Do you think that your activity on the Web is protected and anonymous? If so, you might be surprised to learn that Google (GOOG) has a new feature that nicely analyzes all your searches for the last few years -- possibly coupled with details about the people in your address book and your online purchases. If you have a Google account, you can access the whole thing at Google Dashboard, according to The Boston Globe.
Since Google is committed to avoiding evil -- which as I posted, means protecting your privacy -- you have nothing to worry about from the Google engineers and advertising specialists who do have access to that information. And what a treasure trove Google Dashboard provides!
You may not recall all the searches you've done -- but Google Dashboard will help you remember. As the Globe reports, that's because every search you perform is recorded and preserved for future analysis, "to help Google improve its service." The Globe reporter was able to review his Web searches going back to 2006 -- including inquires for "airline tickets, books and magazine articles, [and] a new clarinet for my daughter."
If you sign up for other Google services, you give the company access to all sorts of other information you might have thought was private. Google offers free e-mail, an online appointment calendar and address book, document creation and management, and the Google Voice telephone and messaging service. Each encourages you to supply specific information about you, your friends, family and business colleagues.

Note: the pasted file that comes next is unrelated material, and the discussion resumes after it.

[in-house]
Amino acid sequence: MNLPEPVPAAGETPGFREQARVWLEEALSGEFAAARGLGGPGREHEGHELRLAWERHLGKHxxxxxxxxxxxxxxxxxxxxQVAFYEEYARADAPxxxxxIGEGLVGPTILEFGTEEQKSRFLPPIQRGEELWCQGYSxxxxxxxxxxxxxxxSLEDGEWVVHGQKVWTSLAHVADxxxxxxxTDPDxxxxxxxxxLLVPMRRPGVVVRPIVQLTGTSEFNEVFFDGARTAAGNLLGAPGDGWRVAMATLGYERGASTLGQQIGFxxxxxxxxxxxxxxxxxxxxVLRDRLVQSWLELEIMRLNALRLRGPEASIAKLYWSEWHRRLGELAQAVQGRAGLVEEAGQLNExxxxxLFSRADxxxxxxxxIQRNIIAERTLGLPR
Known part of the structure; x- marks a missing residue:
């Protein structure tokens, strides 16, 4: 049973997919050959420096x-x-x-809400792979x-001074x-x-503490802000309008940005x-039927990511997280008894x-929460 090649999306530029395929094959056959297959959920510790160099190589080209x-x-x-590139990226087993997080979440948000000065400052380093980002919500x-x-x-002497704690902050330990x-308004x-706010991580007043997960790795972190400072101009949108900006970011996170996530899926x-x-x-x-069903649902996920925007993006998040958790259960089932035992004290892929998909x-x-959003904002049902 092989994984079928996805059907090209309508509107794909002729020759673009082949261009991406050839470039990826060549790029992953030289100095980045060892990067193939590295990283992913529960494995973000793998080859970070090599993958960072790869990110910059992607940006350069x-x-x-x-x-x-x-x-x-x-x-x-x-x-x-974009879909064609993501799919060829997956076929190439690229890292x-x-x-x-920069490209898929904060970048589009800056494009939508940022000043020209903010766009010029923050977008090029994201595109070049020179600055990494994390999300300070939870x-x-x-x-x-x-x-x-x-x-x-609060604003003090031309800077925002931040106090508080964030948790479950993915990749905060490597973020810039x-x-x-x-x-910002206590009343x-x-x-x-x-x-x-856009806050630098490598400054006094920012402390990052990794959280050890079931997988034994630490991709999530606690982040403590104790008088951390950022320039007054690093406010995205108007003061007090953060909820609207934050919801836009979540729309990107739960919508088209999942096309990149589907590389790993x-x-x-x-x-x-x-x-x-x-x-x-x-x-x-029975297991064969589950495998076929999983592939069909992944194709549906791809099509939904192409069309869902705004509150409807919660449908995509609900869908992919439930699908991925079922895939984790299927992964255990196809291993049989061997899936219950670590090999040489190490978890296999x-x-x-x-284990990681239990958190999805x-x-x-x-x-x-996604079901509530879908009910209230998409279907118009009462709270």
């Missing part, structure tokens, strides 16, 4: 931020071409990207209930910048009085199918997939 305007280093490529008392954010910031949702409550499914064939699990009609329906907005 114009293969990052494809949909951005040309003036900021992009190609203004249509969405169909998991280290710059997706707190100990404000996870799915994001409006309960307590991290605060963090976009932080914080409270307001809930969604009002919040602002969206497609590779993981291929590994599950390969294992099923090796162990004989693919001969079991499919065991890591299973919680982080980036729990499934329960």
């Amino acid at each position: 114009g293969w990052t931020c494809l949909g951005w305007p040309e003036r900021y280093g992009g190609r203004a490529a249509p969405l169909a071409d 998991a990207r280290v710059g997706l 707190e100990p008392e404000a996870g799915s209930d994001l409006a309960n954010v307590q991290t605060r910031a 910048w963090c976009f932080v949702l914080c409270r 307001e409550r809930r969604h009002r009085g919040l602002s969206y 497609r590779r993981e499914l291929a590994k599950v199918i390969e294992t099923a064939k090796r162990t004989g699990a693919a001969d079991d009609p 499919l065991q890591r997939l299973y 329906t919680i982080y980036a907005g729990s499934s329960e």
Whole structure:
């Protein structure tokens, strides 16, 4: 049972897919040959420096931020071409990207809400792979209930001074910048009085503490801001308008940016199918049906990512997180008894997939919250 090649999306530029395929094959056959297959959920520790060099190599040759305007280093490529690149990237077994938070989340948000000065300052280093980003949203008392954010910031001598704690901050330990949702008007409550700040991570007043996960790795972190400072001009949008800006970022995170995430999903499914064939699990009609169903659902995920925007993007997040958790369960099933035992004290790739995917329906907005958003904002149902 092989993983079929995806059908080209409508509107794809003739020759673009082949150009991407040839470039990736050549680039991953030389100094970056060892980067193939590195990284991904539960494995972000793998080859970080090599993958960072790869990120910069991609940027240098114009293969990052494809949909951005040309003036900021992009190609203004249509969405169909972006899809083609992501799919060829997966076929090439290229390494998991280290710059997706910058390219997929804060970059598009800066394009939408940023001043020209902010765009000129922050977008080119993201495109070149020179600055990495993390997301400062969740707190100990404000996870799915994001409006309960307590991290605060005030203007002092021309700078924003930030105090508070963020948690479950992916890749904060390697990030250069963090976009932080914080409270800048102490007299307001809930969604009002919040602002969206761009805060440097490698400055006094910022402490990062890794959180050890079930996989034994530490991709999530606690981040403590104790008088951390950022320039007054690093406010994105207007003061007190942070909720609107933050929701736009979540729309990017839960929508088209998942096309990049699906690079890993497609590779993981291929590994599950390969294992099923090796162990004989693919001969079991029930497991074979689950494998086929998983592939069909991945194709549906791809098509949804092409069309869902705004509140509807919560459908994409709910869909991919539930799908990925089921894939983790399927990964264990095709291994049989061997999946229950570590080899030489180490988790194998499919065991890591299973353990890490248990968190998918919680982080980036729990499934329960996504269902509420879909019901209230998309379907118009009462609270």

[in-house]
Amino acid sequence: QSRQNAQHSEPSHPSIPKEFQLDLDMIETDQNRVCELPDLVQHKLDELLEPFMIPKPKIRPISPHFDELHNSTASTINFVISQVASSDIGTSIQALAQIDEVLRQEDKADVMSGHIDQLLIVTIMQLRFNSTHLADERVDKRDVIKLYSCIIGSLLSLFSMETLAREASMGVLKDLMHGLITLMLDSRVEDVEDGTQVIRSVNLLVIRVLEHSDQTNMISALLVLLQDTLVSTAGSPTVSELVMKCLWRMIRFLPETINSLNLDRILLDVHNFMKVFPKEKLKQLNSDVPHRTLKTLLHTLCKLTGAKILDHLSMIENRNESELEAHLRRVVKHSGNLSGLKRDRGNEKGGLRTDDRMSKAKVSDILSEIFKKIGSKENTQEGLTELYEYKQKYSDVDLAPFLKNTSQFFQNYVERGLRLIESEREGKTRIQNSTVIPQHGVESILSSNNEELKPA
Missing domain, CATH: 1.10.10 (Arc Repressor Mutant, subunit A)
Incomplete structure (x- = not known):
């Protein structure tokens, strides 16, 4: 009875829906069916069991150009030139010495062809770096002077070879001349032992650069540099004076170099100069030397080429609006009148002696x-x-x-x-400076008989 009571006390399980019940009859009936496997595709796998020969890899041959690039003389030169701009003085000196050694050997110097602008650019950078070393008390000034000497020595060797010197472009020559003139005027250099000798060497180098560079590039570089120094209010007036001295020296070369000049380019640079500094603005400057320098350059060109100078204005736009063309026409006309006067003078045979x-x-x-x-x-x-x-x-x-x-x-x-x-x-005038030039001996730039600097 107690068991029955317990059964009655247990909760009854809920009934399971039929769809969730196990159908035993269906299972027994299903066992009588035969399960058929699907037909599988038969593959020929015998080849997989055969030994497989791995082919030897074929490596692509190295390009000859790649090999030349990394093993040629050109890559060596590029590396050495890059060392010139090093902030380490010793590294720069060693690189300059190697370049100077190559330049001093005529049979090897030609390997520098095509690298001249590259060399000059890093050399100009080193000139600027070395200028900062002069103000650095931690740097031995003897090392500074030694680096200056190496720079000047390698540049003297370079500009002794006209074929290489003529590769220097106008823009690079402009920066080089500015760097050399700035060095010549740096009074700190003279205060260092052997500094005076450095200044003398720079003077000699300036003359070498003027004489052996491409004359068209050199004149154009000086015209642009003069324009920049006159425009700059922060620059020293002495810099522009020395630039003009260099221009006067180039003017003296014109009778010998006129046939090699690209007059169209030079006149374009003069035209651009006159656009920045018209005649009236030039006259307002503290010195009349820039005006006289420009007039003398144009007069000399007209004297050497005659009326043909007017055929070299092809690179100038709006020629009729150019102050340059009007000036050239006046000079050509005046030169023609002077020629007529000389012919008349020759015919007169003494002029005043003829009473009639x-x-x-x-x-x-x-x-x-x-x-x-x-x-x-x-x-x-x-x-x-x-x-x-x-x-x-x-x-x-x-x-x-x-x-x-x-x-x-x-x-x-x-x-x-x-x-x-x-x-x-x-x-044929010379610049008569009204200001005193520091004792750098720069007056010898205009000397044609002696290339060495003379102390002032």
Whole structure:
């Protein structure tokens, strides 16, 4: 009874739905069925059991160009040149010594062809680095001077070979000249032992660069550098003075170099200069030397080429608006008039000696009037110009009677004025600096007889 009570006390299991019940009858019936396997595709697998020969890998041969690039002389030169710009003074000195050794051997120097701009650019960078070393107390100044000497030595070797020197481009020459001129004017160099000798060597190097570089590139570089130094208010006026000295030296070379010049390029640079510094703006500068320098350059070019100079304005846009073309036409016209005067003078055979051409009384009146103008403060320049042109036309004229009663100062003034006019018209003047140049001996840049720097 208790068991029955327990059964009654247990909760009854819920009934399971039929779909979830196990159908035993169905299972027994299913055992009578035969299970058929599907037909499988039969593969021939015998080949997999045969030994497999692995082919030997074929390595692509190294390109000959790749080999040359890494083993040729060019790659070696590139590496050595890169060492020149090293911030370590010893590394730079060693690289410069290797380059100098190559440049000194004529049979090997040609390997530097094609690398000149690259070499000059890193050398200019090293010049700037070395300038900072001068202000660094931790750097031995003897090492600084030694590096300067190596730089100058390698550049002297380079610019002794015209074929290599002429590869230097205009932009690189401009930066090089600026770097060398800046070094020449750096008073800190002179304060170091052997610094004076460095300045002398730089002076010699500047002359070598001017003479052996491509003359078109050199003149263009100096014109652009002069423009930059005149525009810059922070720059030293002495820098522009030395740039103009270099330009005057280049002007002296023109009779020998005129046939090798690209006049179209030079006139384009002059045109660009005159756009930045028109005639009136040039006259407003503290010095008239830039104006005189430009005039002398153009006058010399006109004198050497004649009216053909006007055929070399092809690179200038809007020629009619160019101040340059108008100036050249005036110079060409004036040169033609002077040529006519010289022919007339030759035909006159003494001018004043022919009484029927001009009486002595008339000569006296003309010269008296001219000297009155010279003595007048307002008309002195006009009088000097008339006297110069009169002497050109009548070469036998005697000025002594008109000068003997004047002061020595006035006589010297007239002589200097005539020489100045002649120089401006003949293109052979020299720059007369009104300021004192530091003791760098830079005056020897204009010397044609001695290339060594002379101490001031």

If someone hacks into Google's system and grabs the data -- or if a hacker simply guesses your Google password -- there's no limit to the profit opportunities such a privacy invader might seize at your expense
So what can you do to protect your privacy? At the extreme, you could stop using the Internet. Or you can be selective about which Web sites you give your personal information to. Keep your address book private, remove cookies from your browser, and use an ad blocking program.
If evil people were running Google, there's no telling what they could do -- it might make a compelling horror movie. But if you produce that film, make sure you don't buy anything through a Google search that could give hackers access to your credit card details.
Peter Cohan is a management consultant, Babson professor and author of nine books, including Capital Rising (due in June 2010). Follow him on Twitter. He has no financial interest in Google securities.